One thing with this bathroom redo I went back and forth on was the big, frameless, builder-basic mirror over the vanity. I knew I didn't want to leave it as-is, but I really didn't want to buy anything major for this room. I liked the size and scale of the mirror, and how it does make the room look a little larger.
But a replacement for something this size would be more dinero than I cared to spend.
So, a little DIY action was in order.
I started with a few pieces of this fancy chair rail from Lowe's.
The awesome thing about this is that it's a PVC composite, not real wood. It's light, pre-primed, and SUPER easy to cut.
We measured the edges of the mirror - and if your mirror is super close to, or butts up against a wall on one side like ours does, make sure to take that space into account, otherwise it will throw off your length.
Simple 45-degree cuts are all you need.
Once the pieces were cut, I painted them with the same black paint I used for the vanity.
DON'T FORGET to paint at least halfway down the back side, as well. Since these are going on a mirror, you will see a small reflection of the back of your trim in the glass, and you don't want sloppy paint or bright white primed trim staring back at you!
There are a lot of ways you can choose to set up your frame.
We chose to adhere the trim directly to the mirror and I'll tell you why:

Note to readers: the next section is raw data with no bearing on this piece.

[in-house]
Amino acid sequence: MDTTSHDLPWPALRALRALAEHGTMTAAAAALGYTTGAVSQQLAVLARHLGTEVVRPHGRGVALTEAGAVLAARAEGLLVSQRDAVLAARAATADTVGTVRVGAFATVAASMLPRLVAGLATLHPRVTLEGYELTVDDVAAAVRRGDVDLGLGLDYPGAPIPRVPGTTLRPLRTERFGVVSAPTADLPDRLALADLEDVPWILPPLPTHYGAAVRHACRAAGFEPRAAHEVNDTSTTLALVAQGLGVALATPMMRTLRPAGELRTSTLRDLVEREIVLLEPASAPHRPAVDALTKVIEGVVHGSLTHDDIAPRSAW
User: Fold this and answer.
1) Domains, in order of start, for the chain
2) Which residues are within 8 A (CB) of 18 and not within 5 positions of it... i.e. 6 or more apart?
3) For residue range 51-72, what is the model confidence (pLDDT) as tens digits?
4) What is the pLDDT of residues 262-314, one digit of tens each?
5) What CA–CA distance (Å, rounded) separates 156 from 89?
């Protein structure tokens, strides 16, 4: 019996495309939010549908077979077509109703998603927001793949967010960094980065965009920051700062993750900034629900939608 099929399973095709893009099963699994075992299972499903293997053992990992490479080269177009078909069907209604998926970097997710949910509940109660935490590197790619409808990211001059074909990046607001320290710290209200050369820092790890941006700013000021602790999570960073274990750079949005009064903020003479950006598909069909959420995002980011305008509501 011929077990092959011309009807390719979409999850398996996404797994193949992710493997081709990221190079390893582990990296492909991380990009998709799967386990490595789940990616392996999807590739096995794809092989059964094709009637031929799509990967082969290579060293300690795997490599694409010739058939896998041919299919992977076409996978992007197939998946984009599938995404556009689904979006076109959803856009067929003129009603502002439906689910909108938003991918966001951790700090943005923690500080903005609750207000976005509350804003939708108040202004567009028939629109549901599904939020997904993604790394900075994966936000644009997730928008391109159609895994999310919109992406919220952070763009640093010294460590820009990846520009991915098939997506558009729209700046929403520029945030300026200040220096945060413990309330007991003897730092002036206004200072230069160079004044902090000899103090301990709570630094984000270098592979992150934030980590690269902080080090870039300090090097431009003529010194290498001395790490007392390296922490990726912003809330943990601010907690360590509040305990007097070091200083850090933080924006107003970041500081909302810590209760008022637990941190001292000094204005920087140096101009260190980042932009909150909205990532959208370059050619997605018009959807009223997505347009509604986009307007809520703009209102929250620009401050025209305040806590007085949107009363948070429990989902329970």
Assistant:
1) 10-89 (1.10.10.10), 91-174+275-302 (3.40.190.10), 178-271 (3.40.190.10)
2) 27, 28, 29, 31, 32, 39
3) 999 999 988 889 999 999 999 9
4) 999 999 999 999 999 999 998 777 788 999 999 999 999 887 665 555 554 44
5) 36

We had originally planned to notch out the back of the trim on the top rail to account for those plastic clips that supposedly hold the mirror to the wall. When Mr.V. removed one to measure how deep the notch had to be, we discovered that our builder had, in fact, glued the mirror directly to the wall!
SO, if we ever wanted to remove the mirror in the future, we'll basically have to destroy it. Therefore, we weren't worried about a little adhesive.
I started with the bottom rail, put it in place (I used liquid nails. E3000 would also work - just make sure whatever adhesive you use is clear!) and used painters tape to keep it from moving around while it dried. I let the adhesive cure overnight, then went about placing the rest of the frame.
You will notice that your joints might not be 100% flush, and that's OK.
I just used my favorite wood filler to fill in the gaps. Put it on, wipe it smooth, then let it dry.
Once it's dry, sand and wipe the dust with a clean damp cloth.
Then, you can paint over it and it's seamless.
Ta-Da! That's it!
(I told you it was gonna be easy :) )
My Repurposed Life